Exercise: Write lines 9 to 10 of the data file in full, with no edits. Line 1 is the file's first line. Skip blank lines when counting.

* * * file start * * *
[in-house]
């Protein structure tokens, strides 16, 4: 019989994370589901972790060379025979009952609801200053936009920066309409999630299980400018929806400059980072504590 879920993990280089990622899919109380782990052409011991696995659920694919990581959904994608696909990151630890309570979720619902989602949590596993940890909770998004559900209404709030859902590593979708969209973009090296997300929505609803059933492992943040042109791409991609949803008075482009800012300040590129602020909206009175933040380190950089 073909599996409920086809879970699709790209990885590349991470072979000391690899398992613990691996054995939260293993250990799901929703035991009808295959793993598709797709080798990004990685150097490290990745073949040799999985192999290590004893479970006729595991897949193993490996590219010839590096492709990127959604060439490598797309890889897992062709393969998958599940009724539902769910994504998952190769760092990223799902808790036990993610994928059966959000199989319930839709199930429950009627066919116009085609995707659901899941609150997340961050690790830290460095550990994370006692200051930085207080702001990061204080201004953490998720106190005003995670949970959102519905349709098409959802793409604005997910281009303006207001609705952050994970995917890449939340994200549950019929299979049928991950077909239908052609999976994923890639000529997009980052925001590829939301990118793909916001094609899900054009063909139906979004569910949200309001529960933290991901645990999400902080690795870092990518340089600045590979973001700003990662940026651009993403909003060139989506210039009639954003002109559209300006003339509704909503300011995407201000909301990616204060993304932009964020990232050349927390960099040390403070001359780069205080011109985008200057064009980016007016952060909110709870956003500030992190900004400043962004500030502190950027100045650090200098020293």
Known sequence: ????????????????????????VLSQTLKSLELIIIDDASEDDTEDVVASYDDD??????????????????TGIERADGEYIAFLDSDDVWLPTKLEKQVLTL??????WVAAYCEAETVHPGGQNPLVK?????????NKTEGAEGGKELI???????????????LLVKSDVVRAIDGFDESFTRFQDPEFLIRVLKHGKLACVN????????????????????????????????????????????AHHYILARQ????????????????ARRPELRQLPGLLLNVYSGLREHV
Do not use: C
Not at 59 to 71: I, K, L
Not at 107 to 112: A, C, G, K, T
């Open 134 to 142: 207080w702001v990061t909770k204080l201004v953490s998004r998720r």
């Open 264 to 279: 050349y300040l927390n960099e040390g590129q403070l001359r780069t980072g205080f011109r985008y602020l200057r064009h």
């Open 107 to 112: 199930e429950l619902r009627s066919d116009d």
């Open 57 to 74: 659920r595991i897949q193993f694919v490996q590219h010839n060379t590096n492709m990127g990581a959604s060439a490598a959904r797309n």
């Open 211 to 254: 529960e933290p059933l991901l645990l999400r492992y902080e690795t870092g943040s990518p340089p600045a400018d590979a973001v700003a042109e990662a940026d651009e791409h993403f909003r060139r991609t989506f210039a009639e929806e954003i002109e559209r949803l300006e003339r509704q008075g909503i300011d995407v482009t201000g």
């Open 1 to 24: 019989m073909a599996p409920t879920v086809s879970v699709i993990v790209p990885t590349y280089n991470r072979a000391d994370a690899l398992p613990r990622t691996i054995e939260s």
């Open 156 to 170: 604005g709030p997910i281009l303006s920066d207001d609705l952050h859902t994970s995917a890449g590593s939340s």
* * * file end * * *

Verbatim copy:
């Open 107 to 112: 199930e429950l619902r009627s066919d116009d």
């Open 57 to 74: 659920r595991i897949q193993f694919v490996q590219h010839n060379t590096n492709m990127g990581a959604s060439a490598a959904r797309n």